He eats what he wants for breakfast and lunch. I try to find meat alternatives for dinner that make the meal seem more "filled out" for him. I am vegetarian but plant to transition to vegan within the next year. I told him ahead of time and plan to change my diet gradually. I am hopping that I can help him to do the same.
If your husband keeps adding things to the meal, don't cook for him. It is not kind to add an entire ingredient to the food, if he is doing that he can cook his own meals.
 
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Lou

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I understand your situation, my husband is a type 1 diabetic and "can't eat a plant based diet" We eat one meal together a day that is vegetarian. That seems to help. As long as he does not put pressure on me to eat meat products, which he knows not to.
He eats what he wants for breakfast and lunch. I try to find meat alternatives for dinner that make the meal seem more "filled out" for him. I am vegetarian but plant to transition to vegan within the next year. I told him ahead of time and plan to change my diet gradually. I am hopping that I can help him to do the same.
If your husband keeps adding things to the meal, don't cook for him. It is not kind to add an entire ingredient to the food, if he is doing that he can cook his own meals.
I like your advice but I have two questions.
1. Why did you put "can't eat a plant based diet" in quotes?
2. and what makes you think that is a true statement?
 
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I like your advice but I have two questions.
1. Why did you put "can't eat a plant based diet" in quotes?
2. and what makes you think that is a true statement?
I'm just going to guess that that's what he says (or some other [ignorant] person that has told him that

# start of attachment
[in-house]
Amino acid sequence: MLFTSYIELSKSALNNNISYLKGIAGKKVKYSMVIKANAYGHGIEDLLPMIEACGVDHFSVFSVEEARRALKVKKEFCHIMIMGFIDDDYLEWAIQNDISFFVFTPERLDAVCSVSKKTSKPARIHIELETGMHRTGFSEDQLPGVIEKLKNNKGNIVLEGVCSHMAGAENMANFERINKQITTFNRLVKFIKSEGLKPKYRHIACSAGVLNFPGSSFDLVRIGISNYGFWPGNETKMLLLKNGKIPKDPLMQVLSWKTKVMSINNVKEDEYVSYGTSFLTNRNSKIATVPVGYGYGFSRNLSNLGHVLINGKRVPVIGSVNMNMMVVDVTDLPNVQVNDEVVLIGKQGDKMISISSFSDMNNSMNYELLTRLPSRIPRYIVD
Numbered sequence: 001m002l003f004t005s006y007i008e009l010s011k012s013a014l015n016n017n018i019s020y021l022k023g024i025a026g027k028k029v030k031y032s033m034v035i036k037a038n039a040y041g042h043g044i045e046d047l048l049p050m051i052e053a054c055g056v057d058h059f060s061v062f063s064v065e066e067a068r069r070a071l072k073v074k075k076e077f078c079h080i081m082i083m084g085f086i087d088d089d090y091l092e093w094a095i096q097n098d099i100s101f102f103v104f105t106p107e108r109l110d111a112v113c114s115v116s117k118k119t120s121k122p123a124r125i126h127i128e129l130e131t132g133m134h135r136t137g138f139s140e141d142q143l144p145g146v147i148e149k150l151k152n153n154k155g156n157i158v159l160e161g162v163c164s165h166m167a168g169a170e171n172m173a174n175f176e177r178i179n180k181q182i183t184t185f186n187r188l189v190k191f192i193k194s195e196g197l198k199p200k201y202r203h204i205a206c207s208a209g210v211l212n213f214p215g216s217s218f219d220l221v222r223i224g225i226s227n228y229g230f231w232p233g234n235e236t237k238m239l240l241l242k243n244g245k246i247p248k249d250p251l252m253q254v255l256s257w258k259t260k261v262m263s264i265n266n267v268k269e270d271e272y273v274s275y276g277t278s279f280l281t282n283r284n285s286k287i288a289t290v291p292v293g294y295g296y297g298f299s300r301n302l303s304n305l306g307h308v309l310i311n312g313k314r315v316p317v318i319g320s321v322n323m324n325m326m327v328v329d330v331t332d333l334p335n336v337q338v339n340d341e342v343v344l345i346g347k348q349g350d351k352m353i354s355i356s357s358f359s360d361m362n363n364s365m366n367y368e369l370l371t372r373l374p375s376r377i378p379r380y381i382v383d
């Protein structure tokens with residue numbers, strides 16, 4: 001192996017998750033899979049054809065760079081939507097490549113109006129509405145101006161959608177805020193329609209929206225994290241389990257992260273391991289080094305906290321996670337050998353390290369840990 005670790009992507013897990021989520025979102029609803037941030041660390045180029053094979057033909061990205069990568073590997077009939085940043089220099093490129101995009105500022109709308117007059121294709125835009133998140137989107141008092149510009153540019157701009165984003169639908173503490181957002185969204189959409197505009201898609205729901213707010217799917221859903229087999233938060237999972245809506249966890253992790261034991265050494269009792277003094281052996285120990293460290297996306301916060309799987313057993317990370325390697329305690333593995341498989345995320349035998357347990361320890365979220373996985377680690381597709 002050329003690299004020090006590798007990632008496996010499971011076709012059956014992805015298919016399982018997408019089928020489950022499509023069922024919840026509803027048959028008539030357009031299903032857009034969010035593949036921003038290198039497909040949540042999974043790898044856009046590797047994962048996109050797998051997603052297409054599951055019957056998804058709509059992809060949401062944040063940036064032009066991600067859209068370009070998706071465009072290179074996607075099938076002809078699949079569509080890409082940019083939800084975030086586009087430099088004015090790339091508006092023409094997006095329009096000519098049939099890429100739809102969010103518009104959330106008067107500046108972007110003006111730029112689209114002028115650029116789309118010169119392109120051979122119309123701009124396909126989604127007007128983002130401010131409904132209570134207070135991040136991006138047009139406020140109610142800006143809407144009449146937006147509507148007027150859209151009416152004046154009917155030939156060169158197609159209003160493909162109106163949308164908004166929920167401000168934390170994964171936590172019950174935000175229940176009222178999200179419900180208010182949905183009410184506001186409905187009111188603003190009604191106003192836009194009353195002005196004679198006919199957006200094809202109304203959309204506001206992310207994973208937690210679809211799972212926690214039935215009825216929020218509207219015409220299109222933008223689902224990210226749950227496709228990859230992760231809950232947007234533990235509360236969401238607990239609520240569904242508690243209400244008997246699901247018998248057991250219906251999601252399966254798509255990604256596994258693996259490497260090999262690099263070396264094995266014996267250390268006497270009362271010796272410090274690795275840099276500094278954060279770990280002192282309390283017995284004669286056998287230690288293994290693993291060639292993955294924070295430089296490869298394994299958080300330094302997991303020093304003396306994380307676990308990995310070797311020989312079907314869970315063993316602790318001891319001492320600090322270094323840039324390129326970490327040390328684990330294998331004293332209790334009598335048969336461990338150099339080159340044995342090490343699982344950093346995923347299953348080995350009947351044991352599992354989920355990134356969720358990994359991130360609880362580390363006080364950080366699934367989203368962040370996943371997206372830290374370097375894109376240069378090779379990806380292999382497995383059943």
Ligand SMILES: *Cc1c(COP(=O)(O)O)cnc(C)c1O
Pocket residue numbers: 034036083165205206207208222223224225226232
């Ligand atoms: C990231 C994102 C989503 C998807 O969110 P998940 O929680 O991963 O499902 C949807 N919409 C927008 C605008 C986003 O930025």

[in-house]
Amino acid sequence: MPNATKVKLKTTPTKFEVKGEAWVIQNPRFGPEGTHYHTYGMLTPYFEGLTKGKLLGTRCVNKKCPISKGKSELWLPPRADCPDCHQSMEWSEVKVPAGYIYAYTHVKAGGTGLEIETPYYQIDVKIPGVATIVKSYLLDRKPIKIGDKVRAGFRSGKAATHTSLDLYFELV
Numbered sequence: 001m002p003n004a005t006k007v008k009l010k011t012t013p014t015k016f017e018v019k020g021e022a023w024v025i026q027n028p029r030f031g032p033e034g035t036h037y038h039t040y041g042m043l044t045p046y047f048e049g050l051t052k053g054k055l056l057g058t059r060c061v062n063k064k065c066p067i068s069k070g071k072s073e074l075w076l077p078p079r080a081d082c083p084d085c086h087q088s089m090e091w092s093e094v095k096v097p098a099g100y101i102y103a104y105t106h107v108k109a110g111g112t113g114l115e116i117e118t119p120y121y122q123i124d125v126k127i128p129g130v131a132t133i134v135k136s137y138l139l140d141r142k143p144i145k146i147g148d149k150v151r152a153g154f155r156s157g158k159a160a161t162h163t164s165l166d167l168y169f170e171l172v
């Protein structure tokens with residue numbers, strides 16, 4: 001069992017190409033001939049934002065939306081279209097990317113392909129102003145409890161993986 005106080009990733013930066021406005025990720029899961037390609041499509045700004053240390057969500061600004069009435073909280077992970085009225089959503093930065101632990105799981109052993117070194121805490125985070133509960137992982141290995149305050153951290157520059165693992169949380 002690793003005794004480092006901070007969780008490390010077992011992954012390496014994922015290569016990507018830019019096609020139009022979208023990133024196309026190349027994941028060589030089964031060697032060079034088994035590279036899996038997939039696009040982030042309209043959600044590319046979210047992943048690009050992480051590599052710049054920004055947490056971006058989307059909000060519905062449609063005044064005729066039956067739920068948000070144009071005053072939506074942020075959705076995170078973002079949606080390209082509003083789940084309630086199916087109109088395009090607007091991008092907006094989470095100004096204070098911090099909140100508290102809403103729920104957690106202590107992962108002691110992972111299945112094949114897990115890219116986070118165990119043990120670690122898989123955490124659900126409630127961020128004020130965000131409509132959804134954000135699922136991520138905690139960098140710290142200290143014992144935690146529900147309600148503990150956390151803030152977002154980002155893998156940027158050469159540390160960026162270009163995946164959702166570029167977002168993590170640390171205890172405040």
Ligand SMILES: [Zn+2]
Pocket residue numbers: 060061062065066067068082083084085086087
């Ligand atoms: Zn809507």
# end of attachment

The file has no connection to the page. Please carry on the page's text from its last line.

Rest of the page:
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Lou

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I'm just going to guess that that's what he says (or some other [ignorant] person that has told him that
Oh! do you think that is why she put it in quotes?

-----

Isn't there a whole book on how to cure diabetes with a plant-based diet?
(Googling)
Oh, of course, there is! And it's by @Emma JC's favorite vegan, Dr. Neal Barnard.


And it has at least one companion. A cookbook. Plus youtube videos and other stuff.
 
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Emma JC

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Type I diabetes can't be cured with a plant-based diet, as opposed to Type II which is diet related.

It is possible that it will help to stabilize a Type I diabetics sugar levels and help to avoid the spikes.

@Ardnazela - Type II diabetes is caused by fat in the cells of the body interfering with the cells ability allow the insulin to process the sugars into glucose, which is the fuel for the body/brain as opposed to the myth that too much sugar causes Type II diabetes, it is fat that causes Type II diabetes

As per @Lou Dr Barnard has a lot of great information to share about diabetes and I would recommend spending time with his books, his videos and his websites.

Emma JC
 
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Lou

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Type I diabetes can't be cured with a plant-based diet, as opposed to Type II which is diet related.
Oh. Good pickup Emma. I didn't notice that it was diabetes I. I'm not sure but I suspect that a Diabetic I patient could eat a PB diet, too.
 

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TofuRobot